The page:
At the Code for America Summit in Washington, D.C. earlier in May, leaders from the U.S. Digital Service discussed the work they have done to advance President Joe Biden’s agenda. I imagine the audience of civic tech savants were regaled by many amazing tales of USDS successes helping America build back better.
However, there is one audience that has become increasingly distrustful of the USDS talking points and promises — Congress. I speak from my own experience working on the committee with primary oversight of the office and who, despite its best efforts, rarely received a straight answer from USDS leadership on a myriad of issues over the past two-and-a-half years.
As Biden took office and the 117th Congress was sworn in, I was one of the strongest advocates pressing for these historic technology investments (full disclosure — at this time I was a private citizen). My time in the Executive Branch had taught me the value of having good technology, implemented by great people, to enable a President’s vision for a modern, effective government.
USDS can serve a very specific, useful purpose in government: Identifying and triaging failing technology projects and supporting key administration IT priorities. To share some specific examples, I worked closely with USDS leadership on numerous modernization projects during my time in the Executive Branch, including standing up the TMF, overhauling the visa application process, and developing the federal government’s foundational policy on vulnerability disclosure.
But now, with the benefit of hindsight and my direct experience in the Legislative Branch, I can say that Congress made an awful mistake with the USDS ARP investment. During my time in the Senate, our committee was consistently unable to get a straight answer from their leadership as to how the office was using the $200 million. Simple questions such as “What is your current headcount?” or “Can you provide a spend plan for the coming fiscal year?” were met with obfuscation, incredulousness and offers to provide information that never materialized. Each meeting our staff forced USDS to accept, after multiple rounds of scheduling negotiations, bred more questions and fewer answers.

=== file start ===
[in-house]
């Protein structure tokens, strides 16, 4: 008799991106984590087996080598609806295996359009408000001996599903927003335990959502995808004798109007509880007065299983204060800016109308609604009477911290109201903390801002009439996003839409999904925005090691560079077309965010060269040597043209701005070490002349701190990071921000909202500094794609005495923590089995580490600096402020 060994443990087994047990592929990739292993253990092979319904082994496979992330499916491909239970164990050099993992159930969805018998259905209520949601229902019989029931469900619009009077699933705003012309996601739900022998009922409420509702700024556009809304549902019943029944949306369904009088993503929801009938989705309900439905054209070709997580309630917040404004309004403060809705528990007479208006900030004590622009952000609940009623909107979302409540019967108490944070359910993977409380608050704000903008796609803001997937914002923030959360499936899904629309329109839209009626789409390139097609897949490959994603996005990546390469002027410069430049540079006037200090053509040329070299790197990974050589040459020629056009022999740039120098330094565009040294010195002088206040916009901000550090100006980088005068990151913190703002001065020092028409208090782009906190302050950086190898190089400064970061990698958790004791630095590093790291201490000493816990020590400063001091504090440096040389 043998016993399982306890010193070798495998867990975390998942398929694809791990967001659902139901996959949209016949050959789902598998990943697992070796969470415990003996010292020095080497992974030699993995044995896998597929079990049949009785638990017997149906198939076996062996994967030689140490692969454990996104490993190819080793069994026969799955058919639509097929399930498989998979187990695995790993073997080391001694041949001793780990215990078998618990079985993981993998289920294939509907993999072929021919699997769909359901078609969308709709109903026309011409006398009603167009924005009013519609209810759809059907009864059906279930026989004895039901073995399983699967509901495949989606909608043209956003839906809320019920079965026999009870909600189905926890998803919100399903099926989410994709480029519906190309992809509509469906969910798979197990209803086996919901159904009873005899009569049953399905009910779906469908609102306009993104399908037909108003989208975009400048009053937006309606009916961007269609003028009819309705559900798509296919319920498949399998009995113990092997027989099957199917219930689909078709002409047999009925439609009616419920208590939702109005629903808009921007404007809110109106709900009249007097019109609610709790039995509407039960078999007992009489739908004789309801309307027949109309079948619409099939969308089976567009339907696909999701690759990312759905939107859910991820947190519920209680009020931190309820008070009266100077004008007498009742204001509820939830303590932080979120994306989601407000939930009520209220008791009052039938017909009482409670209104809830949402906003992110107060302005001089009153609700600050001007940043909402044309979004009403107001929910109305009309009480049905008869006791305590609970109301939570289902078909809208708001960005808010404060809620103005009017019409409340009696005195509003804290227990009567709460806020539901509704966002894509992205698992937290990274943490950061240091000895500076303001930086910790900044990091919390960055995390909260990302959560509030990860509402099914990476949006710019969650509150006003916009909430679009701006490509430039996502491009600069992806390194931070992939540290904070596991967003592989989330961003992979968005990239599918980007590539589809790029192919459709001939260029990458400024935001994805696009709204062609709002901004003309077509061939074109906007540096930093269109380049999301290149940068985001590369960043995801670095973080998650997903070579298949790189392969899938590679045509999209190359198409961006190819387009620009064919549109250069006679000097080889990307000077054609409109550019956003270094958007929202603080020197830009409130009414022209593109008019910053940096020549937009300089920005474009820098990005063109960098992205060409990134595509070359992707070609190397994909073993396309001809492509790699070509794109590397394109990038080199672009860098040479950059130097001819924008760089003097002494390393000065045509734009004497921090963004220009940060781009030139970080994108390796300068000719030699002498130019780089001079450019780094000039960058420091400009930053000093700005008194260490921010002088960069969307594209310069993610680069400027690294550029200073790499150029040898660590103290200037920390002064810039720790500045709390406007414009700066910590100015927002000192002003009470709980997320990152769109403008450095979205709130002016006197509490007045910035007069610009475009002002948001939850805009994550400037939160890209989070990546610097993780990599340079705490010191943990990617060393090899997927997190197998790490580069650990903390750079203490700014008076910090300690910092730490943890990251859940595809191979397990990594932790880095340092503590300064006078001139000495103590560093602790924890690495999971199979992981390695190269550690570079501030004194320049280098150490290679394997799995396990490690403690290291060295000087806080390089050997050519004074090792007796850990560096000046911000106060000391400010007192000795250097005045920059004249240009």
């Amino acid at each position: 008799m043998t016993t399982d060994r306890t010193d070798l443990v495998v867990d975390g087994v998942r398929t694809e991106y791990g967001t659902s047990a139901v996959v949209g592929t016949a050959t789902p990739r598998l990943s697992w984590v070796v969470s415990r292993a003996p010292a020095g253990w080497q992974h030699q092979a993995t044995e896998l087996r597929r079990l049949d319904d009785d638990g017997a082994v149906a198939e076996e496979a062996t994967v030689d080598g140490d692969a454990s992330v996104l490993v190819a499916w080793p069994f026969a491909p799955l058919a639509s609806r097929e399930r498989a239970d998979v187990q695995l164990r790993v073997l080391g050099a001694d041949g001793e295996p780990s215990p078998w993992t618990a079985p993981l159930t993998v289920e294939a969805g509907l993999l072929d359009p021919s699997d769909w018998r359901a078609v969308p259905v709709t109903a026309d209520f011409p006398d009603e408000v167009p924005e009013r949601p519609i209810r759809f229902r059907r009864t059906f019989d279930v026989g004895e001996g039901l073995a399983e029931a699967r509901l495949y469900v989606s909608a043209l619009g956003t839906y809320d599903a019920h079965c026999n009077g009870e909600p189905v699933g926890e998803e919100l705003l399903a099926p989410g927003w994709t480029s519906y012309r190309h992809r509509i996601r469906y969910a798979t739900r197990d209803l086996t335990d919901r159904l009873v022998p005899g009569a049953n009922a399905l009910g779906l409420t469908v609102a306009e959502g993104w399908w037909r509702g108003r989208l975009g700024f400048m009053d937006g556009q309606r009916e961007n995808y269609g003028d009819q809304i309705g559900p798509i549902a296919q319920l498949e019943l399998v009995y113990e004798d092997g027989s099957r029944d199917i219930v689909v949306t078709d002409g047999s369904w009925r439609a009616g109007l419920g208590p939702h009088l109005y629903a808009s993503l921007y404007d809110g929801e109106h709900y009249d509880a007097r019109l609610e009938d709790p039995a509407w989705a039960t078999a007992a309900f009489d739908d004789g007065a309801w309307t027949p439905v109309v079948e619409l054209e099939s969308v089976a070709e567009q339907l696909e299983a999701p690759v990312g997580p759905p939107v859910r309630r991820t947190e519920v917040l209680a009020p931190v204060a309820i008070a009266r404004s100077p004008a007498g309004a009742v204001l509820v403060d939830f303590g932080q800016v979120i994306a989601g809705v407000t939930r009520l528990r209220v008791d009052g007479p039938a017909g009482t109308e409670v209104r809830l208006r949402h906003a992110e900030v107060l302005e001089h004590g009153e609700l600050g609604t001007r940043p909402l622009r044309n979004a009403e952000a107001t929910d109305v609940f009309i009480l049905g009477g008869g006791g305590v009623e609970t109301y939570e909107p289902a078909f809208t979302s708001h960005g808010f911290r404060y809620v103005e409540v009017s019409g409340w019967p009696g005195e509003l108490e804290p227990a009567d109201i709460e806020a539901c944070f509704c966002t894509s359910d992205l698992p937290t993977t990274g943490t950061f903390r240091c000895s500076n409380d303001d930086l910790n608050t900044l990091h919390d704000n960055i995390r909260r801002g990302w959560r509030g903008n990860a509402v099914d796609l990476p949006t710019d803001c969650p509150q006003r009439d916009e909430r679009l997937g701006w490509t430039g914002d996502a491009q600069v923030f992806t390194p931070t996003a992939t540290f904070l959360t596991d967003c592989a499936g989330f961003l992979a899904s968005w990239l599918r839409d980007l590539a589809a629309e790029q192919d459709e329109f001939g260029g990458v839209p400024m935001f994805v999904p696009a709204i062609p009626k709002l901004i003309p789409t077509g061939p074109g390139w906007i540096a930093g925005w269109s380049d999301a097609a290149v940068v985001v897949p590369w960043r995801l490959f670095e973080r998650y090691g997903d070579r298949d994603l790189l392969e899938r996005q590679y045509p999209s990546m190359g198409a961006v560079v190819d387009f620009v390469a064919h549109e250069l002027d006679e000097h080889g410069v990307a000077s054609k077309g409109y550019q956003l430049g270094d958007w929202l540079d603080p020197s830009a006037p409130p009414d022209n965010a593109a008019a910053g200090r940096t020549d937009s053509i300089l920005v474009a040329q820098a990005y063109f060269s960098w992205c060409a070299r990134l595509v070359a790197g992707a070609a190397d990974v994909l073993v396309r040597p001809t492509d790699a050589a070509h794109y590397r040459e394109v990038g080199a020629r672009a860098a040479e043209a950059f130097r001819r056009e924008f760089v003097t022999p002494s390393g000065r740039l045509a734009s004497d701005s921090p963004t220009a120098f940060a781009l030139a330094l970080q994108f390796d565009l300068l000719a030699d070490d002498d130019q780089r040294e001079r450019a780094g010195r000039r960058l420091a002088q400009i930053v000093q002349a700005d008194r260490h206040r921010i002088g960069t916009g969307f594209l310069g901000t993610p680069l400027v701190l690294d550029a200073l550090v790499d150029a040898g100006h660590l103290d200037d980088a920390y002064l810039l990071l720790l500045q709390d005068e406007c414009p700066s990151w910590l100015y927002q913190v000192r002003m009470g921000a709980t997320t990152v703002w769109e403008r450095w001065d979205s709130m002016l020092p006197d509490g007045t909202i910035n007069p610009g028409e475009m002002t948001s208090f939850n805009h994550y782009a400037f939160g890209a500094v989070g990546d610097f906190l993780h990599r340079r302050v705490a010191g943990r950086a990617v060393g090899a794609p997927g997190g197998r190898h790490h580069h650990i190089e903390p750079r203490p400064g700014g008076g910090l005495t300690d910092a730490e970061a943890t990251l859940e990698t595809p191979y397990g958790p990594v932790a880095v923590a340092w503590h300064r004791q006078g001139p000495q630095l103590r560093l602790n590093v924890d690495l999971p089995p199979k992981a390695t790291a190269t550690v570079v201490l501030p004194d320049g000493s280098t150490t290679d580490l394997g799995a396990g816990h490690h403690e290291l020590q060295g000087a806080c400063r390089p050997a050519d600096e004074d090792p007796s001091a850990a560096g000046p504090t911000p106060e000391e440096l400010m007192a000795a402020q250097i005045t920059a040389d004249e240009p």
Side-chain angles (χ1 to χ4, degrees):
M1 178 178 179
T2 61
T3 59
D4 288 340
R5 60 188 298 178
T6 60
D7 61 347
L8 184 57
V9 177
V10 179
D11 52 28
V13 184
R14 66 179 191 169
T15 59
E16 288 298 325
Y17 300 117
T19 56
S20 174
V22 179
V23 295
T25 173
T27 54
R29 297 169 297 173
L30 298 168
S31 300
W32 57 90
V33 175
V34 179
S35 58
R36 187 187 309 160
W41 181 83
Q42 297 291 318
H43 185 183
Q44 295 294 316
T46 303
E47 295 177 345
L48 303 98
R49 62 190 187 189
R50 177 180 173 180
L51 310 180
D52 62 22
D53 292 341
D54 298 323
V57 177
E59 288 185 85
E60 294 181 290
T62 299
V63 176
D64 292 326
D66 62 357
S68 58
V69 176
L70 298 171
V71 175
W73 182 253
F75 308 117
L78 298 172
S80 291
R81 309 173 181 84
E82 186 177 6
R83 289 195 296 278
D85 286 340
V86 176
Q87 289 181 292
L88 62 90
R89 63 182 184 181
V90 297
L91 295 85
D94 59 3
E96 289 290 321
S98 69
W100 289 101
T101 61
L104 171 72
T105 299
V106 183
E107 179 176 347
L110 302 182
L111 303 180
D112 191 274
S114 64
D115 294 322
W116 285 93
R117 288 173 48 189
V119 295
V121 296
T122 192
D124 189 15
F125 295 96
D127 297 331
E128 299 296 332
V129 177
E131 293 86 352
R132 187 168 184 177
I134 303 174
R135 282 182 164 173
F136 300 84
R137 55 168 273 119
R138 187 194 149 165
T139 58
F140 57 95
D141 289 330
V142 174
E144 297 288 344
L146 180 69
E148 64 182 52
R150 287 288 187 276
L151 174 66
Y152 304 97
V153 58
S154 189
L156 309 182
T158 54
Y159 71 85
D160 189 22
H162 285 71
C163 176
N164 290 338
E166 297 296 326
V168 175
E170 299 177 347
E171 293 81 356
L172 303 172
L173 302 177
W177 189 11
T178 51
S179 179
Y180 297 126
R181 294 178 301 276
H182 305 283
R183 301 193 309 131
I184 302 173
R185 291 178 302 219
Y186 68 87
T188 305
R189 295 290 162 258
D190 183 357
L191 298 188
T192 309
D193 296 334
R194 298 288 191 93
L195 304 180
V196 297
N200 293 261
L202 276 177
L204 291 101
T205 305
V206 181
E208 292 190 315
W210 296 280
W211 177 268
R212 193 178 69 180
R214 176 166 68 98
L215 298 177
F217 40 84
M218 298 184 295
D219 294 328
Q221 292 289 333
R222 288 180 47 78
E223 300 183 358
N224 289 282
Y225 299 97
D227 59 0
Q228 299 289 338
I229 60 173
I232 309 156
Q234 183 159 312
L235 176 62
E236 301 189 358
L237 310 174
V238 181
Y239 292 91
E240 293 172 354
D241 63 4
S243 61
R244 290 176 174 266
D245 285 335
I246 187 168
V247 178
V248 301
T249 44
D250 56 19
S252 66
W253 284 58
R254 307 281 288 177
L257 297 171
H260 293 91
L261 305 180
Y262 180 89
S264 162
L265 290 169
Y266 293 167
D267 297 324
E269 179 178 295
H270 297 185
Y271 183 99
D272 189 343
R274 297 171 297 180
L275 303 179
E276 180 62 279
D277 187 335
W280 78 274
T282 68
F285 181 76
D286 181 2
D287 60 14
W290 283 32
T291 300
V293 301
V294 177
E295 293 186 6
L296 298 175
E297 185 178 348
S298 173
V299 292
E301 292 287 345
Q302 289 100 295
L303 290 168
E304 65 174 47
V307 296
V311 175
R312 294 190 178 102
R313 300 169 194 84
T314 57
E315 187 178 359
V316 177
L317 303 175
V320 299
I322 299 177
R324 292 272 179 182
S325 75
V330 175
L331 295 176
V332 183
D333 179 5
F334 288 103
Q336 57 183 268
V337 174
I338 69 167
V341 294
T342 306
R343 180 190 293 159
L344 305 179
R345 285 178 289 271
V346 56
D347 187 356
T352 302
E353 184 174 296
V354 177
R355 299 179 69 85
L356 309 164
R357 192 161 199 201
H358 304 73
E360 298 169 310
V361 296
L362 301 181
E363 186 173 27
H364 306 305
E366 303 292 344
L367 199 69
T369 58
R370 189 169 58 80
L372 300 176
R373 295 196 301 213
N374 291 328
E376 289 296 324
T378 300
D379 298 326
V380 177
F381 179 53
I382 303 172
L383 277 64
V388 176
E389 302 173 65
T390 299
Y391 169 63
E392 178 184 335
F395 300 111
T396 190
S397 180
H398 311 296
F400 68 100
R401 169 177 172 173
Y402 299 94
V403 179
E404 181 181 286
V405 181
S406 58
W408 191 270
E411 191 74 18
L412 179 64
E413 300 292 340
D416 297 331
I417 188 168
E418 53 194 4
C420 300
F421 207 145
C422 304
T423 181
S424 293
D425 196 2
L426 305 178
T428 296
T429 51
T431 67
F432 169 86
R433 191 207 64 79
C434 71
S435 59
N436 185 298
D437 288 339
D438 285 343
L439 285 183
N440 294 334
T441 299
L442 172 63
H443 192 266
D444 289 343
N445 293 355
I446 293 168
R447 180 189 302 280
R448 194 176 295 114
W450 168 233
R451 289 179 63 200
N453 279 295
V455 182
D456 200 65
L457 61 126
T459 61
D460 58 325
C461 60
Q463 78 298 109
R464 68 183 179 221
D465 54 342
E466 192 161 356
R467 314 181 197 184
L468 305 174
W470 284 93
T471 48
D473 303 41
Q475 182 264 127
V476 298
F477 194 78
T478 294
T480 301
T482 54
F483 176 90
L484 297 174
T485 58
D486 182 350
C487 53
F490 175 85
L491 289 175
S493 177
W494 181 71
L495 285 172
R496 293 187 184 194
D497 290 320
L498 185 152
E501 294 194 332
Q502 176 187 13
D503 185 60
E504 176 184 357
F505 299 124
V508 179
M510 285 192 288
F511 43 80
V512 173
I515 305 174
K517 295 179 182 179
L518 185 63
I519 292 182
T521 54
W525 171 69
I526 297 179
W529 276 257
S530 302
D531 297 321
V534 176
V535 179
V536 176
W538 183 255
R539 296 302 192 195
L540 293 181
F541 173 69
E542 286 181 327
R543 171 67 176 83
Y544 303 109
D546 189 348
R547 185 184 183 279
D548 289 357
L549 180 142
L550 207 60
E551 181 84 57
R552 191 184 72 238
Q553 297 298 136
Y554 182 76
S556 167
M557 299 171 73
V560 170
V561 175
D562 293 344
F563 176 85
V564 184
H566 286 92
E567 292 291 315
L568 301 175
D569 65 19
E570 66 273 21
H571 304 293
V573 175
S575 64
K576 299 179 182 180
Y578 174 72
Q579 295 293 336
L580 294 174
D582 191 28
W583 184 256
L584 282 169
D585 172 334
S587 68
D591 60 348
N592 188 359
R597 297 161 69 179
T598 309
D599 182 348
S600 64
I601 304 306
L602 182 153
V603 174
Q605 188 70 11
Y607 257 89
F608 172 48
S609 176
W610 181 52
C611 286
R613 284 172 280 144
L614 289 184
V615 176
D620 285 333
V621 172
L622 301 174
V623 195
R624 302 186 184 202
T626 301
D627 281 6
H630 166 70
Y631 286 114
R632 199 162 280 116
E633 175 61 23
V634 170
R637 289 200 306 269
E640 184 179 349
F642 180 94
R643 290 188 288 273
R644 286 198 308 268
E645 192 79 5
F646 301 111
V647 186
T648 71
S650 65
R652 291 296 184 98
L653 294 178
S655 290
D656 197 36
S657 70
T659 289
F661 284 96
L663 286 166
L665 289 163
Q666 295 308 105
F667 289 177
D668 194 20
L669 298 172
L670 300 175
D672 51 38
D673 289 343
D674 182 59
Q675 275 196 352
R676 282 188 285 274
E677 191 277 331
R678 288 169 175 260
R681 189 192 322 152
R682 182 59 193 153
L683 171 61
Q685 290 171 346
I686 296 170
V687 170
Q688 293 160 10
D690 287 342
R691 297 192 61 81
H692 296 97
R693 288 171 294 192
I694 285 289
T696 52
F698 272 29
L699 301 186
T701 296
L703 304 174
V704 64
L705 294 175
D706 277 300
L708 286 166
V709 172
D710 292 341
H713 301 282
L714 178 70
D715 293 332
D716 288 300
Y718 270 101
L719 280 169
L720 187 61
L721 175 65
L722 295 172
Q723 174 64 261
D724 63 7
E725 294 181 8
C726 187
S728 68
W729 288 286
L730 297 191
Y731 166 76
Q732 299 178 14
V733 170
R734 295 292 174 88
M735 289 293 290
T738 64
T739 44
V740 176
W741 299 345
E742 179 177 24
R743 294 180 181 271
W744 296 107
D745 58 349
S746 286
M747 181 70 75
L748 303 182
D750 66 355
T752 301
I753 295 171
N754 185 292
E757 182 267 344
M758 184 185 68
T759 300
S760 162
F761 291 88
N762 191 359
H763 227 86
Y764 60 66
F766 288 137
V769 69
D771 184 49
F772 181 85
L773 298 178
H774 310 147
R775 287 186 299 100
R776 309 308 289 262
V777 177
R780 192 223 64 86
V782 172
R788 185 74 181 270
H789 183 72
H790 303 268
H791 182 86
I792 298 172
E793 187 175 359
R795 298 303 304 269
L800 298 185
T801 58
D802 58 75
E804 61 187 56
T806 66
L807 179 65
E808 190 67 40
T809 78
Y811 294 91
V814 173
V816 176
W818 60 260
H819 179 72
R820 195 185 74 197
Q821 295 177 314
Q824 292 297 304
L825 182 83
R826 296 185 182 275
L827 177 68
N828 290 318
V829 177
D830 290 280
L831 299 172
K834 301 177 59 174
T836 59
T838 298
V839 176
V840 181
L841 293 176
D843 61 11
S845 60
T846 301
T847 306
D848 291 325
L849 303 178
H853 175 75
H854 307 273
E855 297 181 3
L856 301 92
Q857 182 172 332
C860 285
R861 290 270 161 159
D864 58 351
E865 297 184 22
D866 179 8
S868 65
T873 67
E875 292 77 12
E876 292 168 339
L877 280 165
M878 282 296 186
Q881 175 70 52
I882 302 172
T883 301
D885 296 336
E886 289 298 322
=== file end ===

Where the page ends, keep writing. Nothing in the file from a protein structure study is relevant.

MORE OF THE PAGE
No early stage technology company would behave so cavalierly to their venture capital funders. So why should USDS, the government’s technology startup, treat its angel investor – Congress — in such a bedeviling fashion?
After having expended some substantial portion of this historic investment, USDS should be able to produce a simple spreadsheet providing their status of funds or current number of full time employees. The office’s inability to provide sufficient information to such fundamental questions represents a significant failure of leadership, lack of internal controls, and defiance of the office’s legitimate oversight entities. Simply put, the office has grown too fast — and too fat and happy — with its hundreds of millions in ARP funds.
Congress can shed some light on what USDS actually does and deliberate on what an appropriate role for the office should be. To start, House and Senate committees should hold hearings to examine the office’s finances, get the administrator on the record about what actual initiatives the agency is supporting and secure commitments for transparent reporting. If answers are not satisfactory, Congress should immediately rescind any unspent USDS funds.
Such a reset can breed a better path forward for USDS and provide an opportunity to build trust between the administration and Congress on the appropriate role of the office.
Lawmakers also should draft legislation that codifies USDS, gives them specific authorities and responsibilities and subjects the office to greater accountability measures, such as making the administrator a Senate-confirmed appointment and requiring quarterly public reports on USDS’s expenses and projects. As the appropriations process unfolds, Congress can have another say on the amount of resources USDS can access to support its specified priorities.
IT modernization is critical to the effective functioning of the government. USDS can be a vital force for good and help deliver high quality digital services that improve the lives of Americans. Now is the time for Congress to ensure greater accountability and use its legislative powers to reform USDS to ensure its long term, sustainable success.
Matthew Cornelius is a former senior professional staff member on the Senate Homeland Security and Governmental Affairs Committee. He also served in several senior Executive Branch technology and cybersecurity policy roles, including at the White House’s Office of Management and Budget and the General Services Administration. The views here are his personal opinions.